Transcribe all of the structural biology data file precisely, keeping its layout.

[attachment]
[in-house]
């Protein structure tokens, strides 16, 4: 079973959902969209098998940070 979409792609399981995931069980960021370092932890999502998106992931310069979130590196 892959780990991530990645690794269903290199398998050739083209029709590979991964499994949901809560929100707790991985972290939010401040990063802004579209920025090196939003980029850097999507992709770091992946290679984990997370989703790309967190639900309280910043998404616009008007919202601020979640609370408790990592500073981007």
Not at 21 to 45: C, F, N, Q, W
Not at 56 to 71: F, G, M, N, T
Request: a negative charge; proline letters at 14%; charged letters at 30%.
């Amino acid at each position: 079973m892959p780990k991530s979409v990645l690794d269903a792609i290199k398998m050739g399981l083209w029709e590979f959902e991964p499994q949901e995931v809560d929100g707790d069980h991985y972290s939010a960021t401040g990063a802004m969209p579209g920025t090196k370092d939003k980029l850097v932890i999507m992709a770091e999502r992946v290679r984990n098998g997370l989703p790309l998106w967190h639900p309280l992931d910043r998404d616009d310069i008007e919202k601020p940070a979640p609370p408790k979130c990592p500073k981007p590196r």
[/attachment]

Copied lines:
[in-house]
């Protein structure tokens, strides 16, 4: 079973959902969209098998940070 979409792609399981995931069980960021370092932890999502998106992931310069979130590196 892959780990991530990645690794269903290199398998050739083209029709590979991964499994949901809560929100707790991985972290939010401040990063802004579209920025090196939003980029850097999507992709770091992946290679984990997370989703790309967190639900309280910043998404616009008007919202601020979640609370408790990592500073981007």
Not at 21 to 45: C, F, N, Q, W
Not at 56 to 71: F, G, M, N, T
Request: a negative charge; proline letters at 14%; charged letters at 30%.
């Amino acid at each position: 079973m892959p780990k991530s979409v990645l690794d269903a792609i290199k398998m050739g399981l083209w029709e590979f959902e991964p499994q949901e995931v809560d929100g707790d069980h991985y972290s939010a960021t401040g990063a802004m969209p579209g920025t090196k370092d939003k980029l850097v932890i999507m992709a770091e999502r992946v290679r984990n098998g997370l989703p790309l998106w967190h639900p309280l992931d910043r998404d616009d310069i008007e919202k601020p940070a979640p609370p408790k979130c990592p500073k981007p590196r």